Halfway between single class unit testing and end to end acceptance testing is a grey area that for now I’m calling Unit Acceptance Testing. Basically it’s a unit test that instead of isolating a single class or layer under test, tests several layers and the way that they interact.

For example, we had a an MVC web application that used a business object layer that sat on top of a database layer, built from a code generator. A unit test of the business object would have used a mock database layer to exercise the rules in the business objects. We had those, but we still had weird bugs at the UI level. So we started making tests that exercised the business objects but used the real database. This let us identify a bunch of problems that were plaguing other layers in the system that would have been tough to find with traditional integration tests.

When I talked to one of the other developers about this he was calling these tests integration tests and I was calling them unit tests. Either way, it made fixing the problems fairly easy.

Writing code in the higher level layers, you’d encounter some sort of bad behavior. First you’d see look at the unit test for the behavior, frequently the unit test was fine. So you’d write the test that exercised both layers, and see it fail. Usually the culprit was that there would be optional information missing in the call to the next layer down the stack. Nothing was wrong, it just wasn’t completely right yet. That’s the kind of bug that traditional unit testing would ignore because your mocked object would return the correct results.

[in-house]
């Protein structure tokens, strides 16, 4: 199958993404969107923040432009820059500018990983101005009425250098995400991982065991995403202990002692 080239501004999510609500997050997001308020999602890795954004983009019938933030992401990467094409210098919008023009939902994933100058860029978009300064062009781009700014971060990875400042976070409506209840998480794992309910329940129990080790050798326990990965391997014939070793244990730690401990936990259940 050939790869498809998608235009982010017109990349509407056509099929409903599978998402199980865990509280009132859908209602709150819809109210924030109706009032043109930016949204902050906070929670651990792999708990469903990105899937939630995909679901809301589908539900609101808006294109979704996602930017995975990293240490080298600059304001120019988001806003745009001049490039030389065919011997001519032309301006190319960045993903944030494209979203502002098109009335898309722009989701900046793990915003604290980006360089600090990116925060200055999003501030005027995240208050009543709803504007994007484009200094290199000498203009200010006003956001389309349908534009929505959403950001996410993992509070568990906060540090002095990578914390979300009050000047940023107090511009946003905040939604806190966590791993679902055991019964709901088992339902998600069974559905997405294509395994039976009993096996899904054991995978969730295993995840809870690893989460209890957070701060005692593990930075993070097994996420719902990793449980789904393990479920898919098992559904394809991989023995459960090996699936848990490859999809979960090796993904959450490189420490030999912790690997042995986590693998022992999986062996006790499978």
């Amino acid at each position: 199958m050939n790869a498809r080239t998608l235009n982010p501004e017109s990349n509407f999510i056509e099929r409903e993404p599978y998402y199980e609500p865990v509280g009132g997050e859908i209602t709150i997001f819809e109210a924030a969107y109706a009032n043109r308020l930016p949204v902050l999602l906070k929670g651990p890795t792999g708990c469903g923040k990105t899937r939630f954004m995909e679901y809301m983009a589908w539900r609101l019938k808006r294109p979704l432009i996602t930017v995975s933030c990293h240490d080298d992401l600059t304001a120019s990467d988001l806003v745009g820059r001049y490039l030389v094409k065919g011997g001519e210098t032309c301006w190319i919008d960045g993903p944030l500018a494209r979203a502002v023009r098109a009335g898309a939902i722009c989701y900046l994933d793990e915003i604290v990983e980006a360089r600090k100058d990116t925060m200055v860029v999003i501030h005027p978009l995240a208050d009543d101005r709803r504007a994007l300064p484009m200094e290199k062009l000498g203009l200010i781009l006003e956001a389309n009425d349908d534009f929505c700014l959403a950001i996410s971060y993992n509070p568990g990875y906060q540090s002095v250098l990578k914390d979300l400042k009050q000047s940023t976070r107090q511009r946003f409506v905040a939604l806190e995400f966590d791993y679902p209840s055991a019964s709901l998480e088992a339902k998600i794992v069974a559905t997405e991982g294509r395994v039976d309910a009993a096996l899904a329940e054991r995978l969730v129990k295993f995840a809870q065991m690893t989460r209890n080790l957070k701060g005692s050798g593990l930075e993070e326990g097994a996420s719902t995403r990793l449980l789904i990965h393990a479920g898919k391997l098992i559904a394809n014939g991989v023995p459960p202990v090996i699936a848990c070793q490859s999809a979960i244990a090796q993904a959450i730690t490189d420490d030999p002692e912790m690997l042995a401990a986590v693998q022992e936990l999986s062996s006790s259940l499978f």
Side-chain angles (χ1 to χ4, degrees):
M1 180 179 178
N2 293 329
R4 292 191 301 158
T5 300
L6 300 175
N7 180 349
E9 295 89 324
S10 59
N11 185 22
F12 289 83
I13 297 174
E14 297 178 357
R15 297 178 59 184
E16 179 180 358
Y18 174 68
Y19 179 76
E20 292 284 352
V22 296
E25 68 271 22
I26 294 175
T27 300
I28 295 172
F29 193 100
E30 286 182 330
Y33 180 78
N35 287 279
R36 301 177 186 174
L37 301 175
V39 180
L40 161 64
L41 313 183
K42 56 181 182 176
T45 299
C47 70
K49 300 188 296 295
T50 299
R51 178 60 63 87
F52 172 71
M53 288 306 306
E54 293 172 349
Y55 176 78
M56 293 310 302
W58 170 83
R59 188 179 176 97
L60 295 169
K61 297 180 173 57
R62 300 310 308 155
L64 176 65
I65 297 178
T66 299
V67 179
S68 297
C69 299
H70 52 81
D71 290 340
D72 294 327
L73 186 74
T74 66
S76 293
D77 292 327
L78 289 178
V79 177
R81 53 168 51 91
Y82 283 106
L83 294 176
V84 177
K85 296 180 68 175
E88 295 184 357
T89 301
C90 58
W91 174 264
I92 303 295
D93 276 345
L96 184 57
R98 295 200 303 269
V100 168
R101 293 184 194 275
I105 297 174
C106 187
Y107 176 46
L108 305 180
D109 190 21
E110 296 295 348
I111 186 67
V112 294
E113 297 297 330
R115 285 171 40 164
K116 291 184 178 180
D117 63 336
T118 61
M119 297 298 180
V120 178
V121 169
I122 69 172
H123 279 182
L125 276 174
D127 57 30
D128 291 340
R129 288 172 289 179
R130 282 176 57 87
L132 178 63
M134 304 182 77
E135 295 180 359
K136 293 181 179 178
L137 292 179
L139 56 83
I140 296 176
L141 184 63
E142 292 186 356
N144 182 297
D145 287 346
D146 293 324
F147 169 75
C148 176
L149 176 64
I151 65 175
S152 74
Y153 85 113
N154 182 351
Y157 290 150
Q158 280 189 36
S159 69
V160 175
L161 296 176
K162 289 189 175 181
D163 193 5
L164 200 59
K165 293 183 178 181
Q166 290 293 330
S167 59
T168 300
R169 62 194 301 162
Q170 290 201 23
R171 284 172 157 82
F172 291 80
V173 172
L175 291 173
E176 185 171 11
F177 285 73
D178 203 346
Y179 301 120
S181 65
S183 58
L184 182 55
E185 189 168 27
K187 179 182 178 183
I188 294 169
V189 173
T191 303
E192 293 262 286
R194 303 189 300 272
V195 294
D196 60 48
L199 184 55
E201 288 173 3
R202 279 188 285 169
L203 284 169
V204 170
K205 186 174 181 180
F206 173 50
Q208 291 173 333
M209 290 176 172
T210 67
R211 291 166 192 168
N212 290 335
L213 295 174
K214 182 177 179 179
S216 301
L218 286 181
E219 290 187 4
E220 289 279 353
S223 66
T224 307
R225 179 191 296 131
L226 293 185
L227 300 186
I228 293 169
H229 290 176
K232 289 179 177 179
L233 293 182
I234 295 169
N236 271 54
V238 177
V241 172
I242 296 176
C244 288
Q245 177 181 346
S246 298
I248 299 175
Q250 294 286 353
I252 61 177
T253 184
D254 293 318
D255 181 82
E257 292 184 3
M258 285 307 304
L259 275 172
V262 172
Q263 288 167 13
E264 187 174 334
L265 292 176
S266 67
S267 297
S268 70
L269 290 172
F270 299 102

This approach reduced the amount of time it took to isolate and fix problems. By showing a test that demonstrated the root cause of the problem, the usual debate about where in the layers of the application the problem started was eliminated. Since there was an automated test for it, regression was virtually impossible.

The other surprising benefit to this approach was that performing the root cause analysis was surprisingly simple. So when we would encounter a data problem in the web app we’d start with a unit acceptance test there. The controller unit test would demonstrate the problem and give you a couple of items to configure to check if the problem was the inputs at that level. Each successive level of testing would let you isolate the inputs to the layer to determine if the problem was something like optional arguments being ignored or something getting called out of order.